Tuesday, 28 August 2018

Royal Mail's Latest Revenue Protection Tool - Not Quite Enough!


Yes, the latest tool to be deployed in Royal Mail's fight against counterfeit and fraudulent stamps is Stanley Gibbons Collect British Stamps 2018 (CBS).  The "ideal reference book", the "indispensible up-to-date guide for all GB collectors" has been provided to Royal Mail's revenue protection teams across the country.

Two dealers in different parts of the country have mentioned this to me while citing how perfectly valid stamps they have used have on mailings to customers have been surcharged for the use of counterfeit stamps!

I reported in May that Royal Mail had set up two pages on their website on the subject.  One has guidance to customers who may have bought stamps from sources other than Royal Mail or Post Office, on what to look out for to make sure their stamps are genuine (see below).  Many people commented that the advice was too simplistic, appearing to validate some that we know are forgeries (see right) while failing to describe many pre-security stamps that are still valid and which don't have the features described.

So how will CBS help Revenue Protection teams?  Very usefully it illustrates all commemorative and special stamps which, given the vast number of stamps that has been issued over the last 40 years, postal workers could be forgiven for not remembering them all.

However, where the system falls down is when it comes to definitives.  Few of these are illustrated in CBS but the ones that are are shown below.  (Numbers are SG illustration or 'type' numbers.)  So why did Revenue Protection not recognise the dark blue 'E', and the 1st self-adhesive horizontal booklet stamps?
 


My belief is that they didn't look for those because, after all, they know what definitives look like, don't they?  They see them every day.  They include 1st and 2nd (and Large) and some with monetary values.

Why would they look up the horizontal stamps (issued in 1993/95) or the 'E' or airmail stamps (issued in 1999 & 2003-10), and where would they look?   These are scattered through the catalogue, rather than being all in one place.  And apart from the two PIP and the horizontal stamps shown above, the 1st and 2nd class are not shown at all!  So what about the black & Millennium 1st class, and the dark blue 2nd class?

So, from a position of not knowing enough about special stamps, Revenue Protection now have all the pictures they need for those, but no idea about definitives which, to quote Royal Mail's webpage...

Do have:
  1. Die cuts within the body of the stamps
  2. The words 'Royal Mail' printed in a special ink across the surface of the stamp
  3. Wider oval perforations along both sides, close to the base of the stamp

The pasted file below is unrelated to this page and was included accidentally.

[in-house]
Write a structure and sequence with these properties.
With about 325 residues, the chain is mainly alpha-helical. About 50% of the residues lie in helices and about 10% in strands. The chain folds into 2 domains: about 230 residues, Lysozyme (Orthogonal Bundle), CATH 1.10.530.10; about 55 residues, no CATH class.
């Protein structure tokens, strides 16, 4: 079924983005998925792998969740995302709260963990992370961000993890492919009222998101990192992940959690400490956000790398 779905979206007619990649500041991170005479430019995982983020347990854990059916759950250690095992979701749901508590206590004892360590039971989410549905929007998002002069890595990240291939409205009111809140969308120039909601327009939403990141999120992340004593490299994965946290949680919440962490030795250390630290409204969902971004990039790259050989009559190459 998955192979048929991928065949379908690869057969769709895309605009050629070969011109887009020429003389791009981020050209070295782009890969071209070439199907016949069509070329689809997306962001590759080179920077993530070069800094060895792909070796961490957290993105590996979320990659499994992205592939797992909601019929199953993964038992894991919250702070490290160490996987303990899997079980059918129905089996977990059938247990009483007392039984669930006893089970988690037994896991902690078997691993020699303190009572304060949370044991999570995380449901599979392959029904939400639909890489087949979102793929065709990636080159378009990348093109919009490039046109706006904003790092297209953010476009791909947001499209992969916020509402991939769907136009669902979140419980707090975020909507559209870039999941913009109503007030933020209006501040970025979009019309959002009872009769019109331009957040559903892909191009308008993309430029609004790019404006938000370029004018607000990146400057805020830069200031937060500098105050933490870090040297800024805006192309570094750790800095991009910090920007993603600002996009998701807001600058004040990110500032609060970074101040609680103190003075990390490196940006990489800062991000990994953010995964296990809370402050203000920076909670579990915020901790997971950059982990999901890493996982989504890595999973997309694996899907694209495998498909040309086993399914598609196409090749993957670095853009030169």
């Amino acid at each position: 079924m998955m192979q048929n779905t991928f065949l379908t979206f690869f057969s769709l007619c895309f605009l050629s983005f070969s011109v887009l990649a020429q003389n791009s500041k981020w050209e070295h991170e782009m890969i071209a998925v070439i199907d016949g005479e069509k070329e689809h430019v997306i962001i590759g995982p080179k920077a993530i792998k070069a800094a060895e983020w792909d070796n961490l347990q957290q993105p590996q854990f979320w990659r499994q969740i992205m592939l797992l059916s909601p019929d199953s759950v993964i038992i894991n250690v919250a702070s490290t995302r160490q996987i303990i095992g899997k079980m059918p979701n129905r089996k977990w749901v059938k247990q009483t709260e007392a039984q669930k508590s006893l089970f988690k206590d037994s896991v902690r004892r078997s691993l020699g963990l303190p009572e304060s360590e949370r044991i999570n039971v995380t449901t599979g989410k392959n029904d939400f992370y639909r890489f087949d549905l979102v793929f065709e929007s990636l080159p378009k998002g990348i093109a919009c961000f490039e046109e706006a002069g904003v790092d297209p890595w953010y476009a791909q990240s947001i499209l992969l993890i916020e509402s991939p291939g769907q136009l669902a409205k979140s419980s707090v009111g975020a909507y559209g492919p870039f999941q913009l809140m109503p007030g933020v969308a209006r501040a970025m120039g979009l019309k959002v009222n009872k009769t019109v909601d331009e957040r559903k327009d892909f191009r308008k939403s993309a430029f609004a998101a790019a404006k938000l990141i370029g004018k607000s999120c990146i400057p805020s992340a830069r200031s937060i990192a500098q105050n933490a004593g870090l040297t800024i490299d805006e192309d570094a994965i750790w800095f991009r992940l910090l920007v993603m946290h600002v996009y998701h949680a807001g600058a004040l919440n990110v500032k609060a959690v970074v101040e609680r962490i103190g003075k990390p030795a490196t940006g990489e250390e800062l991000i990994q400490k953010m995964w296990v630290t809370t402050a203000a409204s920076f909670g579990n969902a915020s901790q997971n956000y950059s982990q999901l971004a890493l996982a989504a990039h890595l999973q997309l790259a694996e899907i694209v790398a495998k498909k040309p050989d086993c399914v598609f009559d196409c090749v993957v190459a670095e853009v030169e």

while things to look out for on 1st and 2nd class counterfeits are:
  1. Cost less than the official Royal Mail prices
  2. Security ovals on each side of the stamp are missing or uneven
  3. Unusual colourings
  4. Uneven borders
  5. An unusually shiny surface
  6. Stamps may be stuck on to what appears to be greaseproof paper
  7. Books of stamps with anything other than 6 or 12 stamps included. Royal Mail only sell 1st and 2nd class stamps in books of 6 and 12.
All this makes life difficult for dealers and collectors who resell stamps for postage.  The odd one or two on social mail would almost certainly slip through unnoticed.  But the customers of a dealer or business preparing a bulk mailing of even 20-30 letters using unused spares of these might be in for a shock.


So, good effort, Royal Mail, but certainly not 10/10.  Collectors and dealers hold thousands of pounds-worth of these stamps and - believe me - many of them will be used eventually because there are insufficient new collectors wanting to buy them.  So time for Royal Mail Revenue Protection to be given a little more guidance on the good and the bad.


2 comments:

  1. Apart from identifying forgeries/counterfeits from the real thing, there is an issue, as touched on, in that what postage rate do some of the perfectly legal NVIs and earlier Post & Go stamps now pay. A number of the original rates no longer exist.
    I assume an "E" value will probably still pay the Europe rate of up 20g. Where is this set out, either for the public or the Royal Mail staff?
    We have Overseas booklet stamps showing Worldwide postcard rate? Originally apparently 43p. What does that pay for today? Ditto Europe up to 40g - no longer a published postage rate. Worldwide up to 40g & 60g likewise both as booklet stamps and/or Post & Go values. Europe up to 60g and so on.
    Does anyone know whether the answer set out anywhere or where the contact point is to enquire?
    It seems Revenue Protection (and Joe Public) do need more guidance if it is not already out there somewhere!

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    1. We did comment on this when it first happened in 2014 but I'll write a new blog post about it, as that is not easy to find - it took me several minutes of searching!

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